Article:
Biblical Archaeology Review 14:2, March/April 1988


Biblical Archaeology Review


Is Bethsaida—the hometown of the apostles Peter, Andrew and Philip, and the site where Jesus fed the five thousand—one place or two? Volunteers can have a crack at this archaeological mystery by joining the Bethsaida dig, scheduled for this summer by the Golan Research Institute and Haifa University.

Known as the “place of the nets,” Bethsaida almost certainly lay on the north shore of the Sea of Galilee in New Testament times. But whereas John’s gospel places it in the Galilee (John 12:21), to the west of the Jordan River, other sources, including the historian Josephus, put it in the non-Jewish lands to the east of the Jordan. Because the other evangelists seem ambivalent, modern scholars resolve the confusion by postulating that there were in fact two Bethsaidas in relatively close proximity.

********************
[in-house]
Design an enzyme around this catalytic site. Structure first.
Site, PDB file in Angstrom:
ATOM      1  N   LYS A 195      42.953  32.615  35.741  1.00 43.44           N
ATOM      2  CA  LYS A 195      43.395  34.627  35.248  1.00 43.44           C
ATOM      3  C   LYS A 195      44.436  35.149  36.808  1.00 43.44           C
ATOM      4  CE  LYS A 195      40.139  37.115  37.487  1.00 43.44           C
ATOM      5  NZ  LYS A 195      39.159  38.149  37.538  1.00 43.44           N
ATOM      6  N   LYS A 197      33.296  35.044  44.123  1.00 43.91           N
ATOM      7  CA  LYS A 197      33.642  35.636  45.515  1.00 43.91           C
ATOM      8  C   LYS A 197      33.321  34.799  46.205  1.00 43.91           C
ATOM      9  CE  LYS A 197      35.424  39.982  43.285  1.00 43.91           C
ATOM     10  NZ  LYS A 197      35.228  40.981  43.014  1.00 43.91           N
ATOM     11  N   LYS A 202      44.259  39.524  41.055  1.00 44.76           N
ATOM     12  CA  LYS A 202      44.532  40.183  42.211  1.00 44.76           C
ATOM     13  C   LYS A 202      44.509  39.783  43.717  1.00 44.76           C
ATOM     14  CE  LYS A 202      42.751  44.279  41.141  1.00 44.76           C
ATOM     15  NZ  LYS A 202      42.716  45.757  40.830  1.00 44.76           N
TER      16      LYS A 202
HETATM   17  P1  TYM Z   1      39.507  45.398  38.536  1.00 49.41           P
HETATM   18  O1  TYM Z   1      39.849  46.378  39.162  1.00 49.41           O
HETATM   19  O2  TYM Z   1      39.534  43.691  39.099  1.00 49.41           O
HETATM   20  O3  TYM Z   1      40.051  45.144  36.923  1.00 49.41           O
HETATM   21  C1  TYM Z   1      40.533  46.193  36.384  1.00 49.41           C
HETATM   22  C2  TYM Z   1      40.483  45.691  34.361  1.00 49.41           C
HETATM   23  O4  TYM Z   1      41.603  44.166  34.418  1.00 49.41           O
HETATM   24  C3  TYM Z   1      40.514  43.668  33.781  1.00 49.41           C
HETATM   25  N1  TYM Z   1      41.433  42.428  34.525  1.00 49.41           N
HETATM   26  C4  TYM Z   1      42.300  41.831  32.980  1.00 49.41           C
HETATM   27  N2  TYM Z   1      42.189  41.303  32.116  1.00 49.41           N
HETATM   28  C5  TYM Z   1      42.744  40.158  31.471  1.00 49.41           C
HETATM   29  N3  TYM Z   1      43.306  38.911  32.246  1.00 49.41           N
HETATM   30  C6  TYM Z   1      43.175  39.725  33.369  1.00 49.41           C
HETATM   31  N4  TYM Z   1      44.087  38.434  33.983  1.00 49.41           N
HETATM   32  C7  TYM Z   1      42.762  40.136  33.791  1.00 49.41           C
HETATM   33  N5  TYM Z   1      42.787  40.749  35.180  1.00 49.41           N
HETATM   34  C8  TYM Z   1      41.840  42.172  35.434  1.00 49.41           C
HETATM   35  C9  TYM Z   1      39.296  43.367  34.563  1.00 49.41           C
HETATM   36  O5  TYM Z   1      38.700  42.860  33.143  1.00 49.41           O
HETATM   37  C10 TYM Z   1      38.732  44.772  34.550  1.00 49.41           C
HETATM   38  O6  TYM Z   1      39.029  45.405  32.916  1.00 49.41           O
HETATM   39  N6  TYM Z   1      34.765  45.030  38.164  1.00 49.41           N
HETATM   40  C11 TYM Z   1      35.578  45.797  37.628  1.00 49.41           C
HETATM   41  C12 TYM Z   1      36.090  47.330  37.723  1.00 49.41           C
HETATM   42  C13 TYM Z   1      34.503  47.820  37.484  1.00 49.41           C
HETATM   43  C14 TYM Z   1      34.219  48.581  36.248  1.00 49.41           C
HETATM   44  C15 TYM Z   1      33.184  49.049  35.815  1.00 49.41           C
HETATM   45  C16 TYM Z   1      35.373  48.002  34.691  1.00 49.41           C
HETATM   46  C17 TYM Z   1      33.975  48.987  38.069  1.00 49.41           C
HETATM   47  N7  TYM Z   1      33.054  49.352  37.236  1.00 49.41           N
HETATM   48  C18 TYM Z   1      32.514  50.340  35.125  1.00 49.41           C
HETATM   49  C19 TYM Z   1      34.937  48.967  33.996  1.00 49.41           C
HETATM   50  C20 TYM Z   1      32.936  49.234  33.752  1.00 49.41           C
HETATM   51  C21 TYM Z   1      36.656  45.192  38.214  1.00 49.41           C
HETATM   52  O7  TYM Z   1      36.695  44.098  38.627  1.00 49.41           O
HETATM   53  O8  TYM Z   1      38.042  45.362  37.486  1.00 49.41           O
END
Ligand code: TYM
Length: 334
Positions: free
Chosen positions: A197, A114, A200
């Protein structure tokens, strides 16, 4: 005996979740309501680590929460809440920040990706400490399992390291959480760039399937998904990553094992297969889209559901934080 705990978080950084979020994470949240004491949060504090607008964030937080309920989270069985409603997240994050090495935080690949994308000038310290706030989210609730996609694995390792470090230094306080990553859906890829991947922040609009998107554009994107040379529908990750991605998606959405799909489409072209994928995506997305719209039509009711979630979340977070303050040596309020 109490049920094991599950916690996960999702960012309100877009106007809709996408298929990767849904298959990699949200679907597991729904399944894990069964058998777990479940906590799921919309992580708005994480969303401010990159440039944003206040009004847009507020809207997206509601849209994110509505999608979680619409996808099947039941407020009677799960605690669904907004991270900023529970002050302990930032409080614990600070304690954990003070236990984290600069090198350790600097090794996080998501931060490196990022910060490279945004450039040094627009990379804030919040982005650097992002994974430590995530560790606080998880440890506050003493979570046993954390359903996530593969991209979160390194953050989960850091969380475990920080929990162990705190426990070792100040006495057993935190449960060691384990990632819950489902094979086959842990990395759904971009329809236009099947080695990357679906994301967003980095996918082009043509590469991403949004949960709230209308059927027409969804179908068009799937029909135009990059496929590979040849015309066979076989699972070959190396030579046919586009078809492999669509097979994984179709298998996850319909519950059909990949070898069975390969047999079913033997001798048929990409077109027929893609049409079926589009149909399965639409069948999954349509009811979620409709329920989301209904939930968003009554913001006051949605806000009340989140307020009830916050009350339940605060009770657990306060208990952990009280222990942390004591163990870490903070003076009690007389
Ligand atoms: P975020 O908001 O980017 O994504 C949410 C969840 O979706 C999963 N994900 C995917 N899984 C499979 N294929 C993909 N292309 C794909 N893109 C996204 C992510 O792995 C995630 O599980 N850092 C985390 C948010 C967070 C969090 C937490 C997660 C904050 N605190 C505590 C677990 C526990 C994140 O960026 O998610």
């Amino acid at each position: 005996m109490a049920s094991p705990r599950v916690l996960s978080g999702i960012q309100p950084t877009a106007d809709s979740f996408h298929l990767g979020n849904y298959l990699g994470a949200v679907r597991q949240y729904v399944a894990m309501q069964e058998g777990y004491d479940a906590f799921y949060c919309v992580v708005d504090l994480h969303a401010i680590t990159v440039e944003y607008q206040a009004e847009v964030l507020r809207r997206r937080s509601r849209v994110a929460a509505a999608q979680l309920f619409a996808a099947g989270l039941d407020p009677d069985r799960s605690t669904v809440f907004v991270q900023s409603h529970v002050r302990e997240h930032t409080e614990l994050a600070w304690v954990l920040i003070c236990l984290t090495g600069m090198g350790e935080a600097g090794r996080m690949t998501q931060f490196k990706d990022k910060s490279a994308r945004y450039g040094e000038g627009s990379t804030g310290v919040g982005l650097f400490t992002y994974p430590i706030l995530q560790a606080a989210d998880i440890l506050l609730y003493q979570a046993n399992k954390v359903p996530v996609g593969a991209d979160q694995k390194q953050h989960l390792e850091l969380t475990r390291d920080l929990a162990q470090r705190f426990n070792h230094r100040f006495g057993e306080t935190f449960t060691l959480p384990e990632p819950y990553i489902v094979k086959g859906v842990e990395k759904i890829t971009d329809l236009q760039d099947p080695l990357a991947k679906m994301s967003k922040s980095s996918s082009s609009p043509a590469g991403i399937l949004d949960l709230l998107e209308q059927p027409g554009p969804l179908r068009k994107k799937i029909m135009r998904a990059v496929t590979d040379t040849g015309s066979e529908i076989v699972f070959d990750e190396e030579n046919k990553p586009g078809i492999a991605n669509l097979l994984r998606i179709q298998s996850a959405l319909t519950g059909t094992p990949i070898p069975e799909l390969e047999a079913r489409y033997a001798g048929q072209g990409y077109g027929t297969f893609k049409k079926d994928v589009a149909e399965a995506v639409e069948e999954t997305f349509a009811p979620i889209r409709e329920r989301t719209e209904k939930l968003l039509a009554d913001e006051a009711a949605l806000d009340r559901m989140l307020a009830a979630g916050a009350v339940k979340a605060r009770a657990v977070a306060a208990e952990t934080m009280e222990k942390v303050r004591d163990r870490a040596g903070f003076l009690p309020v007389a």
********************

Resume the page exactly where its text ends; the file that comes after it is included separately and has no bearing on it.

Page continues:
From June 16 through July 15, 1988, archaeologists intend to carry out a regional study of the whole Bethsaida plain to explore the two contending sites. The participation fee for volunteers, who will be accommodated in a youth hostel, will be announced shortly.

Contact: Dr. Rami Arav, Golan Research Institute, Qasrin P.O. Box 97–12900, Israel.

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